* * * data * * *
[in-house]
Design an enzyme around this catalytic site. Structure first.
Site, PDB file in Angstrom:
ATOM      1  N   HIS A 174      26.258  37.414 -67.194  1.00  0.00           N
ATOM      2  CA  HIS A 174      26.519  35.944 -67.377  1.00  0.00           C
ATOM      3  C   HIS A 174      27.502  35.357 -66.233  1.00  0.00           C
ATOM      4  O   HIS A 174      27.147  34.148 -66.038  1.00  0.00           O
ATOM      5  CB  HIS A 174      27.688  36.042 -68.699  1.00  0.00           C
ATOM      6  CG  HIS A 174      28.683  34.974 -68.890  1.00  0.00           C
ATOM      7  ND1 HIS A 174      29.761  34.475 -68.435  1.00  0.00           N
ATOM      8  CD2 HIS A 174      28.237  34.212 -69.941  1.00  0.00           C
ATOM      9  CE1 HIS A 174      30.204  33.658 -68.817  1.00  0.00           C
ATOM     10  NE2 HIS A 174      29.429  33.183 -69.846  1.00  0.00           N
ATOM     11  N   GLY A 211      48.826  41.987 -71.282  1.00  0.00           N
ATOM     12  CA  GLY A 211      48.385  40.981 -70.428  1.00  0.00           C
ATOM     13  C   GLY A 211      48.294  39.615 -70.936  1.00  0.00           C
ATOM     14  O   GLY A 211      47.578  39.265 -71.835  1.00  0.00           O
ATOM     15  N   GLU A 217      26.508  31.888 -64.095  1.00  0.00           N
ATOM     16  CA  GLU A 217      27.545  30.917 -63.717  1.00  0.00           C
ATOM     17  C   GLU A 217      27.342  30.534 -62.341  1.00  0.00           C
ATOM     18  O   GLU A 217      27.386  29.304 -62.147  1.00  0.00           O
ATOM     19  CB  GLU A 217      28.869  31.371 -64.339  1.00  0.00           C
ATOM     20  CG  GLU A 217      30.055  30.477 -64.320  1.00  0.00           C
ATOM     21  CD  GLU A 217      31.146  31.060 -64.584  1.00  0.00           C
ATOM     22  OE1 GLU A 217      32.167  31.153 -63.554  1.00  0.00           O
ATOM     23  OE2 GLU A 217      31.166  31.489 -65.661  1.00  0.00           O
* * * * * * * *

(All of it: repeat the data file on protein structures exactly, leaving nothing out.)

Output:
[in-house]
Design an enzyme around this catalytic site. Structure first.
Site, PDB file in Angstrom:
ATOM      1  N   HIS A 174      26.258  37.414 -67.194  1.00  0.00           N
ATOM      2  CA  HIS A 174      26.519  35.944 -67.377  1.00  0.00           C
ATOM      3  C   HIS A 174      27.502  35.357 -66.233  1.00  0.00           C
ATOM      4  O   HIS A 174      27.147  34.148 -66.038  1.00  0.00           O
ATOM      5  CB  HIS A 174      27.688  36.042 -68.699  1.00  0.00           C
ATOM      6  CG  HIS A 174      28.683  34.974 -68.890  1.00  0.00           C
ATOM      7  ND1 HIS A 174      29.761  34.475 -68.435  1.00  0.00           N
ATOM      8  CD2 HIS A 174      28.237  34.212 -69.941  1.00  0.00           C
ATOM      9  CE1 HIS A 174      30.204  33.658 -68.817  1.00  0.00           C
ATOM     10  NE2 HIS A 174      29.429  33.183 -69.846  1.00  0.00           N
ATOM     11  N   GLY A 211      48.826  41.987 -71.282  1.00  0.00           N
ATOM     12  CA  GLY A 211      48.385  40.981 -70.428  1.00  0.00           C
ATOM     13  C   GLY A 211      48.294  39.615 -70.936  1.00  0.00           C
ATOM     14  O   GLY A 211      47.578  39.265 -71.835  1.00  0.00           O
ATOM     15  N   GLU A 217      26.508  31.888 -64.095  1.00  0.00           N
ATOM     16  CA  GLU A 217      27.545  30.917 -63.717  1.00  0.00           C
ATOM     17  C   GLU A 217      27.342  30.534 -62.341  1.00  0.00           C
ATOM     18  O   GLU A 217      27.386  29.304 -62.147  1.00  0.00           O
ATOM     19  CB  GLU A 217      28.869  31.371 -64.339  1.00  0.00           C
ATOM     20  CG  GLU A 217      30.055  30.477 -64.320  1.00  0.00           C
ATOM     21  CD  GLU A 217      31.146  31.060 -64.584  1.00  0.00           C
ATOM     22  OE1 GLU A 217      32.167  31.153 -63.554  1.00  0.00           O
ATOM     23  OE2 GLU A 217      31.166  31.489 -65.661  1.00  0.00           O